The subsidy for Below Market Rate apartments comes from rents of the Market Rate apartments. Although real rents in San Francisco are high, evidently, they are not high enough to support subsidizing a full quarter of apartments in most proposed projects. We see therefore the percent of required subsidized housing has to be chosen carefully. If it’s too high (like 25%) then the purpose of the Inclusionary program is defeated: the overall amount of housing drops, and so does the amount of lower cost housing.
The last 15 years has seen rent growth unprecedented in modern San Francisco history and unequalled anywhere else in the United States. Adjusted for inflation, median rents in SF have doubled since 2001. Accompanying these extravagant price increases has been an unprecedented displacement crisis. 250,000 San Franciscans moved away from SF from 2011 to 2016. That’s 29% of San Francisco, gone.
Because most of the people being forced out of San Francisco are lower- or middle- income, only higher income residents remain or can move in to replace those who are displaced, and the median income in San Francisco has been rising. Ordinarily, rising median incomes are a cause for a city to celebrate, for us, they reflect our high rate of displacement.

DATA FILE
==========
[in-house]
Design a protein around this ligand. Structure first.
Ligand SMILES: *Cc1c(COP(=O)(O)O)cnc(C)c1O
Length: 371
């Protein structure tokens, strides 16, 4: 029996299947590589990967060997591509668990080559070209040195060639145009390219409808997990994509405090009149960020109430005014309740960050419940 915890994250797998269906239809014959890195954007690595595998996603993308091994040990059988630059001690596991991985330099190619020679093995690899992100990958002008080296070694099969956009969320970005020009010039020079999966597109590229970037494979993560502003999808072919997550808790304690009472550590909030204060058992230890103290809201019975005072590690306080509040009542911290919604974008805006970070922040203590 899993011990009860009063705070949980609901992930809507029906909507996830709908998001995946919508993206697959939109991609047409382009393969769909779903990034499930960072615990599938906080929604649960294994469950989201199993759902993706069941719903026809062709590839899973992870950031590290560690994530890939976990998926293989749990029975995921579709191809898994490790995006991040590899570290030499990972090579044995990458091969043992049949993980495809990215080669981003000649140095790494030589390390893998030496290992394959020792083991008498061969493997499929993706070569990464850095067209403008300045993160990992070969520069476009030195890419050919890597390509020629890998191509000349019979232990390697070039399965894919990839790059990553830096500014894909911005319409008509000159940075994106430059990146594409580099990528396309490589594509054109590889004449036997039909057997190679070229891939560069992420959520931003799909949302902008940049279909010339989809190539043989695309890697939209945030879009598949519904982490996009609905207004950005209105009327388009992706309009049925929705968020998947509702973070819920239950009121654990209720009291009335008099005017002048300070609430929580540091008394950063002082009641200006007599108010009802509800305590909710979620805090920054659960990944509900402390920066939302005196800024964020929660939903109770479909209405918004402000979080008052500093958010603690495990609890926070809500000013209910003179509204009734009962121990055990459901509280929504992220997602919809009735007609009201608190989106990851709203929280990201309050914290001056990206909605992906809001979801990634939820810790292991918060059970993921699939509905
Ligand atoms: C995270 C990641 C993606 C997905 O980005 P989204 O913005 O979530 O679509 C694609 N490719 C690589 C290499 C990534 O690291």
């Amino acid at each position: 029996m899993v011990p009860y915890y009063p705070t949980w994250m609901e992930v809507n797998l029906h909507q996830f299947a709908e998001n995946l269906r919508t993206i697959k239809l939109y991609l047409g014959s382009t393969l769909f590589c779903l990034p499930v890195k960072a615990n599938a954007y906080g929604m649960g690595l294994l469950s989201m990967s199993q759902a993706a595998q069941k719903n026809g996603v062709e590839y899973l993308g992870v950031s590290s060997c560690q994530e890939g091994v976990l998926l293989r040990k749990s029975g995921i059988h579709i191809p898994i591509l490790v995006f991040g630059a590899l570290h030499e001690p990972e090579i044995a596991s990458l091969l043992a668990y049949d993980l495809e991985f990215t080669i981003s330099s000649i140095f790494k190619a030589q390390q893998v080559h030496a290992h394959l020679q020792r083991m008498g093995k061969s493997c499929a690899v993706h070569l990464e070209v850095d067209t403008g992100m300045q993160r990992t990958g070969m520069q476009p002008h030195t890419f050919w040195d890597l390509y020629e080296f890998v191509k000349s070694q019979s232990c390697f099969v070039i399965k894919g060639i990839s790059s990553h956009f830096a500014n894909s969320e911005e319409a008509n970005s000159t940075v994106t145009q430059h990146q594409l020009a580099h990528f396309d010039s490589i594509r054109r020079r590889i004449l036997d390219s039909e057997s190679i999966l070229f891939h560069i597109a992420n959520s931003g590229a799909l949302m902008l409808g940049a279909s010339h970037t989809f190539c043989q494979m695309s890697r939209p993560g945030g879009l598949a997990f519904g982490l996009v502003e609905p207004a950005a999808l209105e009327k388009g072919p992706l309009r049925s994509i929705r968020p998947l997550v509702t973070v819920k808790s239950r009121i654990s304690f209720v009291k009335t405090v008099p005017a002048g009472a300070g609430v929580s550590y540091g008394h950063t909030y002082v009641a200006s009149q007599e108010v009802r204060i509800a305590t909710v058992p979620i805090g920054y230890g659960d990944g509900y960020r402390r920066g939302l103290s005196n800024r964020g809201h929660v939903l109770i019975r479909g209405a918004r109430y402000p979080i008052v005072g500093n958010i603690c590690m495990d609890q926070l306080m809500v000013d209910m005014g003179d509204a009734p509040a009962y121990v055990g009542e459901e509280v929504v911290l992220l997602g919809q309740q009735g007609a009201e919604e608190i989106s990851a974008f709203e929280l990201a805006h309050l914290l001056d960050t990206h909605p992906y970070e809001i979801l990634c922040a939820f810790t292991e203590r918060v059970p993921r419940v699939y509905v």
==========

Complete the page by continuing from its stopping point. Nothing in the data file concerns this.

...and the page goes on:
The SF city Controller, convened a Technical Advisory Committee to determine the maximum percentage of BMR units the city can require in new development, without causing the drop in applications we have seen since June 2016. Their recommendations say that in 2017 the percentage should be between 14% & 18%, and should rise by 0.5% every year, for 15 years, until the percentage reaches 25%. In modeling the SF economy, the Technical Advisory Committee assumed that the next 15 years will be like the last 15 years – they assumed that real rents will double again, and increases in median income (that is, displacement) will continue unabated.
Rent increases and displacement are bad. The Board of Supervisors should be planning to halt and reverse these bad trends. You should not be planning to fail to stop or reverse those trends. Therefore, we are asking for a new Technical Advisory Committee Report that assumes the Board of Supervisors is able to hold housing prices steady at 2017 levels.
The SF Board of Supervisors will not be able to halt the twin trends of displacement and rising housing costs without some guidance on what policies or programs would stabilize housing costs in San Francisco. Therefore, we are asking for a report from the Office of the Controller indicating what policy changes are necessary in order to hold housing prices steady at (or decreasing from) 2017 levels.